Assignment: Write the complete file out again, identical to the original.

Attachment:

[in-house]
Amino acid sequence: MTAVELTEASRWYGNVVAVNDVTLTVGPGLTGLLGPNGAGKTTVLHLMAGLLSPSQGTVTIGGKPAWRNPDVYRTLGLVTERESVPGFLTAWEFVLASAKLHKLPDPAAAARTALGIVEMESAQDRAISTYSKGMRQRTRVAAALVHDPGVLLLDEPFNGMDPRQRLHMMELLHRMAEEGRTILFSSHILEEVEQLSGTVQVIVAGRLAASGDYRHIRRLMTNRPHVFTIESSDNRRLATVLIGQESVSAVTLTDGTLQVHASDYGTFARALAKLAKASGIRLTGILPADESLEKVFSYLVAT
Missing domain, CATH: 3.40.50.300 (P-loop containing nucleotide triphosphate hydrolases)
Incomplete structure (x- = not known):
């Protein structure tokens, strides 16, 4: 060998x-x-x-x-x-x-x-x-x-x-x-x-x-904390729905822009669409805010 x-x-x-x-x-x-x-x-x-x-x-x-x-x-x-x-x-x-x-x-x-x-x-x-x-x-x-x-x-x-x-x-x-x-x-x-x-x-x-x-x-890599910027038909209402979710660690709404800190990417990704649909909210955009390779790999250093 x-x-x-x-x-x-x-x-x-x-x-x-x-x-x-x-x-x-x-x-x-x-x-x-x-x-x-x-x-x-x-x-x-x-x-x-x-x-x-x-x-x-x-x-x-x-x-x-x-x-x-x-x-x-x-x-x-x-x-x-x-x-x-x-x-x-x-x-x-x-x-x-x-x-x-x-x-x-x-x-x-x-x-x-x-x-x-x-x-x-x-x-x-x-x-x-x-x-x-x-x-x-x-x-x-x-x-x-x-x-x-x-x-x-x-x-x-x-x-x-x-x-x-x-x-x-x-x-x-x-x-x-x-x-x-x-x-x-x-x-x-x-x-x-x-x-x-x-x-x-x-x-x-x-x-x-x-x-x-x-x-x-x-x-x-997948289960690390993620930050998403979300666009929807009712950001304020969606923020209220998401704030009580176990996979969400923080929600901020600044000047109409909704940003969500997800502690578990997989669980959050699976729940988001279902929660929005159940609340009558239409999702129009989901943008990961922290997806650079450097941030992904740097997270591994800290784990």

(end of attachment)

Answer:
[in-house]
Amino acid sequence: MTAVELTEASRWYGNVVAVNDVTLTVGPGLTGLLGPNGAGKTTVLHLMAGLLSPSQGTVTIGGKPAWRNPDVYRTLGLVTERESVPGFLTAWEFVLASAKLHKLPDPAAAARTALGIVEMESAQDRAISTYSKGMRQRTRVAAALVHDPGVLLLDEPFNGMDPRQRLHMMELLHRMAEEGRTILFSSHILEEVEQLSGTVQVIVAGRLAASGDYRHIRRLMTNRPHVFTIESSDNRRLATVLIGQESVSAVTLTDGTLQVHASDYGTFARALAKLAKASGIRLTGILPADESLEKVFSYLVAT
Missing domain, CATH: 3.40.50.300 (P-loop containing nucleotide triphosphate hydrolases)
Incomplete structure (x- = not known):
């Protein structure tokens, strides 16, 4: 060998x-x-x-x-x-x-x-x-x-x-x-x-x-904390729905822009669409805010 x-x-x-x-x-x-x-x-x-x-x-x-x-x-x-x-x-x-x-x-x-x-x-x-x-x-x-x-x-x-x-x-x-x-x-x-x-x-x-x-x-890599910027038909209402979710660690709404800190990417990704649909909210955009390779790999250093 x-x-x-x-x-x-x-x-x-x-x-x-x-x-x-x-x-x-x-x-x-x-x-x-x-x-x-x-x-x-x-x-x-x-x-x-x-x-x-x-x-x-x-x-x-x-x-x-x-x-x-x-x-x-x-x-x-x-x-x-x-x-x-x-x-x-x-x-x-x-x-x-x-x-x-x-x-x-x-x-x-x-x-x-x-x-x-x-x-x-x-x-x-x-x-x-x-x-x-x-x-x-x-x-x-x-x-x-x-x-x-x-x-x-x-x-x-x-x-x-x-x-x-x-x-x-x-x-x-x-x-x-x-x-x-x-x-x-x-x-x-x-x-x-x-x-x-x-x-x-x-x-x-x-x-x-x-x-x-x-x-x-x-x-x-997948289960690390993620930050998403979300666009929807009712950001304020969606923020209220998401704030009580176990996979969400923080929600901020600044000047109409909704940003969500997800502690578990997989669980959050699976729940988001279902929660929005159940609340009558239409999702129009989901943008990961922290997806650079450097941030992904740097997270591994800290784990």